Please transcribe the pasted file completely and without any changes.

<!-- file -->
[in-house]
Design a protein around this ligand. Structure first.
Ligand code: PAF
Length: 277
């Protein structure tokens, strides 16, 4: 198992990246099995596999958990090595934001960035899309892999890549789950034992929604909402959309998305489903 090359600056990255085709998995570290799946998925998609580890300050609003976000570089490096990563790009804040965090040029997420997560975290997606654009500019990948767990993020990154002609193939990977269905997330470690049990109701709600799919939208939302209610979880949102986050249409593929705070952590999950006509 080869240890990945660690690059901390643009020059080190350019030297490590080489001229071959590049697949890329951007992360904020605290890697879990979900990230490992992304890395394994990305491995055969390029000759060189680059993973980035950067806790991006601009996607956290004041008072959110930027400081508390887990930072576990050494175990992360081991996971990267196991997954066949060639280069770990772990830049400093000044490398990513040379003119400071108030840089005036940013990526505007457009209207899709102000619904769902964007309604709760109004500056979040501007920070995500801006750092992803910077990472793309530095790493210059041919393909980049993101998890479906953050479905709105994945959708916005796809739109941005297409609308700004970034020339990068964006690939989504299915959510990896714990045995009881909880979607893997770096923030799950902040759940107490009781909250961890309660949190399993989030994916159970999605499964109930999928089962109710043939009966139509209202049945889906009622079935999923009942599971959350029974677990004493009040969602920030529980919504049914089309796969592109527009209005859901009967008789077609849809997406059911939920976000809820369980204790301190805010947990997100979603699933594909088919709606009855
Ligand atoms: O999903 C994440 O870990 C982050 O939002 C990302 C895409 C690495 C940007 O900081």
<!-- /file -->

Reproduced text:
[in-house]
Design a protein around this ligand. Structure first.
Ligand code: PAF
Length: 277
């Protein structure tokens, strides 16, 4: 198992990246099995596999958990090595934001960035899309892999890549789950034992929604909402959309998305489903 090359600056990255085709998995570290799946998925998609580890300050609003976000570089490096990563790009804040965090040029997420997560975290997606654009500019990948767990993020990154002609193939990977269905997330470690049990109701709600799919939208939302209610979880949102986050249409593929705070952590999950006509 080869240890990945660690690059901390643009020059080190350019030297490590080489001229071959590049697949890329951007992360904020605290890697879990979900990230490992992304890395394994990305491995055969390029000759060189680059993973980035950067806790991006601009996607956290004041008072959110930027400081508390887990930072576990050494175990992360081991996971990267196991997954066949060639280069770990772990830049400093000044490398990513040379003119400071108030840089005036940013990526505007457009209207899709102000619904769902964007309604709760109004500056979040501007920070995500801006750092992803910077990472793309530095790493210059041919393909980049993101998890479906953050479905709105994945959708916005796809739109941005297409609308700004970034020339990068964006690939989504299915959510990896714990045995009881909880979607893997770096923030799950902040759940107490009781909250961890309660949190399993989030994916159970999605499964109930999928089962109710043939009966139509209202049945889906009622079935999923009942599971959350029974677990004493009040969602920030529980919504049914089309796969592109527009209005859901009967008789077609849809997406059911939920976000809820369980204790301190805010947990997100979603699933594909088919709606009855
Ligand atoms: O999903 C994440 O870990 C982050 O939002 C990302 C895409 C690495 C940007 O900081």